One big positive for Malawi is that everyone loves football, meaning a high percentage of the 16.36 million population will play and love the beautiful game. The attitude of the coaches and players to work hard and listen made them a pleasure to work with. The passion was also clear when I went to watch a match a local game, overlooking lake Malawi (see picture below), with a few hundred people in attendance to watch a low level game. The atmosphere was incredible with singing, dancing, and pitch invasions after goals. There wasn’t a blade of grass on the pitch and the touchline was created by the crowd standing watching, with the pitch getting progressively smaller as the game progressed due to the encroachment of the excitable crowd. Adding to the atmosphere was a tall man with long red trousers, and no top on, who would randomly run onto the pitch, do a flip, run off again, and then any time a player went down injured he’d sprint on and lie beside them pretending to help. Throughout the game everyone was singing, shouting and having a good time which would never occur during a local match in the United Kingdom. There were mothers with babies in slings on their back who would be high fiving their friends and running around.
This kind of fun loving expression was also evident at our academy as our U16 team would sing and dance while watching the u12 team play. Not only was this brilliant to watch but it also added to the intensity of the younger team who were keen to impress. The people and children of Malawi are brilliant, it’s just such a shame there are a lack of top level professional players to act as role models for the young stars to aspire to follow, as there are in other countries such as Ghana and Cameroon. I witnessed first-hand the impact Yao Ming has on the love for basketball in China and how this role model gives children belief that it is possible for them to follow in their heroes footsteps.
A lack of knowledge and qualified coaches is a big issue in Malawi, as it is in many countries. I had to pitch my coach education content at a very basic level and had to be creative with ways to make it interactive as it’s not always easy to generate discussion with lower level coaches, due to less knowledge and confidence to express their views. I also had to adjust practicals as coaches in Malawi will usually only have one ball, or two if they are a Chigoli satellite coach. One player of a local team told me how his coach would have the team practicing keepy ups with only one ball meaning the whole squad had to wait while one player practiced. During assessments coaches were given two balls and when leading shooting exercises would have a long line of players waiting while one player had a shot against an adult keeper in a 7 aside goal. This was partly my fault as I had only shown ways to get everyone moving and involved during passing and dribbling exercises, using two balls, but shows the level of coaching in the country.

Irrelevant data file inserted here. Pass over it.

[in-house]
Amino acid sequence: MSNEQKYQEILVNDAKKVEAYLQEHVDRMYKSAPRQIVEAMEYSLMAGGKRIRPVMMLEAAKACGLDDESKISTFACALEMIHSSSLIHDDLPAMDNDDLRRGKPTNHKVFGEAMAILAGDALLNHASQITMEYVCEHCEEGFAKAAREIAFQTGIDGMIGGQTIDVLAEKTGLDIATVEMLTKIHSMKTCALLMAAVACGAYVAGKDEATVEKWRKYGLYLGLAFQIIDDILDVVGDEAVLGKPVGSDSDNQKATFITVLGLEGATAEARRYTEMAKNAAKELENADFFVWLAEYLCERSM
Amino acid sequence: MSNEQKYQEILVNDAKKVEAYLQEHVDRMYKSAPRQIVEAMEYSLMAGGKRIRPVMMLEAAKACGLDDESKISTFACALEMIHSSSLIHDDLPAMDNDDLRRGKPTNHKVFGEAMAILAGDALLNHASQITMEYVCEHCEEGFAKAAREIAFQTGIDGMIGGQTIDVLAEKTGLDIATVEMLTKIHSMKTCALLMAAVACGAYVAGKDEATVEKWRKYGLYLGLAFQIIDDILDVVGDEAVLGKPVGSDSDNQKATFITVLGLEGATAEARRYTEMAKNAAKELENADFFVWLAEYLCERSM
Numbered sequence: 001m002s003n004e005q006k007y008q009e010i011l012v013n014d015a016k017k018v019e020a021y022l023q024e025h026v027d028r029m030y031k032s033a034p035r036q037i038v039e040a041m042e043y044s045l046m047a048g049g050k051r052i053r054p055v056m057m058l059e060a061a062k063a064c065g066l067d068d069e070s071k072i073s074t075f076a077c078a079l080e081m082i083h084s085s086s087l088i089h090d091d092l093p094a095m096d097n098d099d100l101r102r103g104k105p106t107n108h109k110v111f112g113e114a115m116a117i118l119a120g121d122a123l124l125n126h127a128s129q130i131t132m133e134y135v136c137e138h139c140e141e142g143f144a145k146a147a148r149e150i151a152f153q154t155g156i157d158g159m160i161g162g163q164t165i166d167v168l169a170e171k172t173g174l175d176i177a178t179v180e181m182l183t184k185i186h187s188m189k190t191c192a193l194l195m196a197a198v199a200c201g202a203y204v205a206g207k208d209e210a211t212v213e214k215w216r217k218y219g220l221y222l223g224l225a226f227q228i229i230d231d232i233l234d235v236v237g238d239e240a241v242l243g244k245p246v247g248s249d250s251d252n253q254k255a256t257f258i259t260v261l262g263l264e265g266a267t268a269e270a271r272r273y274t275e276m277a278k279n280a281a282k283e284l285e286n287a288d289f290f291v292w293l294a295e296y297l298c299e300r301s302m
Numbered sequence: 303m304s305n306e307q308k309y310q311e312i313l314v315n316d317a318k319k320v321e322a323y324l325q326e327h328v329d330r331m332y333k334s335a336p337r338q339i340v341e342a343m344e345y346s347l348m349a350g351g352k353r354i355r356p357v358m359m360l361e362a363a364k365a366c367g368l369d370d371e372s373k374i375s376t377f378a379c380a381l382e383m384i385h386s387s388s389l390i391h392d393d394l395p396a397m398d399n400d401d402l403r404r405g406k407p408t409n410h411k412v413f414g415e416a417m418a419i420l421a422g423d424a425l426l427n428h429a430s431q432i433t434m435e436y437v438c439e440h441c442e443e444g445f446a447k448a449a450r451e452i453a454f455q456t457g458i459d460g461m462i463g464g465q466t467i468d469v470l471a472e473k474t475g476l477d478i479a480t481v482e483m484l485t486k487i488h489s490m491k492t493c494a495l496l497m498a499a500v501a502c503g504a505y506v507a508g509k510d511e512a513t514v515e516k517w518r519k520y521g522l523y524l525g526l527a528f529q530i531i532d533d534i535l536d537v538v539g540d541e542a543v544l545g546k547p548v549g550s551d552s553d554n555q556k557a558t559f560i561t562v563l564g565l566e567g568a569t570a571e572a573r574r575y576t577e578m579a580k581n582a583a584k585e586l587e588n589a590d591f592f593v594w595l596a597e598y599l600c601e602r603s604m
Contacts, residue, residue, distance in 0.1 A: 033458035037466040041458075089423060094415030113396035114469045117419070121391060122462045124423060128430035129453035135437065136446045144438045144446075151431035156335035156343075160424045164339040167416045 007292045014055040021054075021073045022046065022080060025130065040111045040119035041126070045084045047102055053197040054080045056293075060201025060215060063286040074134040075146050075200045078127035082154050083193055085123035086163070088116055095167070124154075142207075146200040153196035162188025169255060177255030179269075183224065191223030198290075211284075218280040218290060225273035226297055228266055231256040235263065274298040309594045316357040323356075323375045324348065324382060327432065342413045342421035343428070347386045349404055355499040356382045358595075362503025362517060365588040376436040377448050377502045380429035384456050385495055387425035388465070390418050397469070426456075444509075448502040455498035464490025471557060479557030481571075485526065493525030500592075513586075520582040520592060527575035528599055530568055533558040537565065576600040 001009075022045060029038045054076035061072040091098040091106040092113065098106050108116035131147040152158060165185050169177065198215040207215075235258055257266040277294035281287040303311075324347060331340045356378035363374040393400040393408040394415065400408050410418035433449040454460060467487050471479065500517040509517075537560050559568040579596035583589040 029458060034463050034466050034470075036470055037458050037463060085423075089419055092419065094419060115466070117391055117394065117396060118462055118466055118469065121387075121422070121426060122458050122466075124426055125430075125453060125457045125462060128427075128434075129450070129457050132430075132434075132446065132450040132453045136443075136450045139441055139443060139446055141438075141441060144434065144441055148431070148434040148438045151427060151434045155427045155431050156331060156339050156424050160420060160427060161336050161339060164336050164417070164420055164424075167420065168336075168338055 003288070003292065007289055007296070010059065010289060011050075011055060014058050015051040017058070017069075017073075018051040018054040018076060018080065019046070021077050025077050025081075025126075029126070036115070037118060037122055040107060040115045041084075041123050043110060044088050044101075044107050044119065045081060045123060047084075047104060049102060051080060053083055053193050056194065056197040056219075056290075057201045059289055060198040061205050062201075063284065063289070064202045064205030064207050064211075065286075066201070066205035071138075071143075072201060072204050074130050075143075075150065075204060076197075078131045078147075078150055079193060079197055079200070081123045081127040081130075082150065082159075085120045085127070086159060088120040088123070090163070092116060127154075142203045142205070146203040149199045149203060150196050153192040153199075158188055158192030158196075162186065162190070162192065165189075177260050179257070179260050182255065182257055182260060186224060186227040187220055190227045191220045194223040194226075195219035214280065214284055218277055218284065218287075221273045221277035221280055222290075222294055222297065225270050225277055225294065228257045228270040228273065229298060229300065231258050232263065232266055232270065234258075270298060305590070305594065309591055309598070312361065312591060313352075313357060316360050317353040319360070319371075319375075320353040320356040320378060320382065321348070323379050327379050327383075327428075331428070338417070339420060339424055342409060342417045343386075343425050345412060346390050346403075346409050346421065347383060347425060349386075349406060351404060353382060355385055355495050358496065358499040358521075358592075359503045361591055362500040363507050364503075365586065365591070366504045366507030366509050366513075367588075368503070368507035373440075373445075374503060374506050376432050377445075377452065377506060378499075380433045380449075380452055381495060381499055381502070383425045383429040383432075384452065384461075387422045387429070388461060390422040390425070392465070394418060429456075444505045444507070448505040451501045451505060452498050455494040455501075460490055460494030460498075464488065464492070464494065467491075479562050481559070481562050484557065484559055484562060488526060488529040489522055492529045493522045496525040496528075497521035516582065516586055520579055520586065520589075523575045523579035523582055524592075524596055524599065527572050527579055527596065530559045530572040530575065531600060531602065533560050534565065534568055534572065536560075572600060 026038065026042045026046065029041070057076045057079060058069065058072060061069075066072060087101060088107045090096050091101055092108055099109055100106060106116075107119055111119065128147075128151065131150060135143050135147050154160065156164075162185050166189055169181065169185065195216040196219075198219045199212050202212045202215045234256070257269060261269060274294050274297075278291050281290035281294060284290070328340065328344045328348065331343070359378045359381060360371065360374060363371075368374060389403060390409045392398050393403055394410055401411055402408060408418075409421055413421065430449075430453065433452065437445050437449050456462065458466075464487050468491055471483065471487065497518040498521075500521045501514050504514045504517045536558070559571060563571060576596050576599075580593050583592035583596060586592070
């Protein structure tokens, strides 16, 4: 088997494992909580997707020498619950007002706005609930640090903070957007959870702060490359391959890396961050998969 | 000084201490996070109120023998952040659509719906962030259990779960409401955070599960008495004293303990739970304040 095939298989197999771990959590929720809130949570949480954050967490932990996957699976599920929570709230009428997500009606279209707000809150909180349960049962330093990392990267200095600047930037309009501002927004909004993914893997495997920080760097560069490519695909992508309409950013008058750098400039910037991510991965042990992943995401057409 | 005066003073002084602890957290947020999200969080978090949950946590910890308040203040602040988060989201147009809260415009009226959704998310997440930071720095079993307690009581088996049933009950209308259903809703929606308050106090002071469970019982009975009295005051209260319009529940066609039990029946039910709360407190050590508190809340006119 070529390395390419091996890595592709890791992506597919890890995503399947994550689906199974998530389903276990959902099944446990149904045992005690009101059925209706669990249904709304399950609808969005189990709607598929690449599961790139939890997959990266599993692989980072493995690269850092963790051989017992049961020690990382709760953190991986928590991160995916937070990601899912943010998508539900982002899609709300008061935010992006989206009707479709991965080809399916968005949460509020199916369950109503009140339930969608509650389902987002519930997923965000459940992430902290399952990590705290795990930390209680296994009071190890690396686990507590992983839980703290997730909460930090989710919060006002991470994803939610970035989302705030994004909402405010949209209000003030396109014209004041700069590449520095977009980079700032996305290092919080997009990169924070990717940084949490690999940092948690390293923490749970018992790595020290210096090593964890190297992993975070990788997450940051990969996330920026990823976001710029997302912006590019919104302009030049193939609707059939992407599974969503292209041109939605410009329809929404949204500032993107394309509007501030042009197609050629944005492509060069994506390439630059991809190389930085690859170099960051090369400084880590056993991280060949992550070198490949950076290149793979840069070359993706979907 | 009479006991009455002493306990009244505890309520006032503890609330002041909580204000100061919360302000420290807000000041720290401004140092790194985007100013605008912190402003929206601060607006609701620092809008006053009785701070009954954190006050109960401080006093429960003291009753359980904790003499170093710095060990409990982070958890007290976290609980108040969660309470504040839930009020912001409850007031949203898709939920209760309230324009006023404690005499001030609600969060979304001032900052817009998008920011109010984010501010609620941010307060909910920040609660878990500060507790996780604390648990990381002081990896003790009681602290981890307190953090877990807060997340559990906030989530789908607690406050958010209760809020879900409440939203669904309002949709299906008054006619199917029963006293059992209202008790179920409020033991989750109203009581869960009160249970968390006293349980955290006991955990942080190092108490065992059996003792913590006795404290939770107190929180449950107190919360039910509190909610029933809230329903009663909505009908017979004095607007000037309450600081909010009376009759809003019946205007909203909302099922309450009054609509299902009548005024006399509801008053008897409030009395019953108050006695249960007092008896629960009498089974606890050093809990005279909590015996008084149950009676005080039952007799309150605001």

A short term coach education programme can make a big impact as I went to observe a coach during a Chigoli satellite session and he tried to put all the principles that we had been working on into practice, with only one or two minor issues which were discussed at the end. This was massively positive as I was told during previous sessions, he would turn up late and the session content would be poor. I would love someone to provide funding for a coach educator to go in and deliver in small countries such as Malawi as it would make a massive difference in developing talent and giving children good experiences playing sport.
The need for more coaching expertise is clear as I had a founder of a club who had heard I was in the country send me a facebook message to look over the clubs strategic plan, and I would have been asked to coach the top flight teams if it hadn’t been the off season. Even the coaches who are qualified are not of a great level as the top level CAF licences are cheap and much easier to pass than their European equivalent.
Youth leagues are only a recent thing in the past two years in Malawi with Chigoli setting up a number of leagues and FIFA running a regional league which started in 2015, but is already on its last warning due to resources being misused. More youth leagues still need to be created as there are big gaps between the age brackets, particularly at the lower and upper ends of the age spectrum. The lack of regular games clearly affects player development and leaves big holes in the pathway to top level football.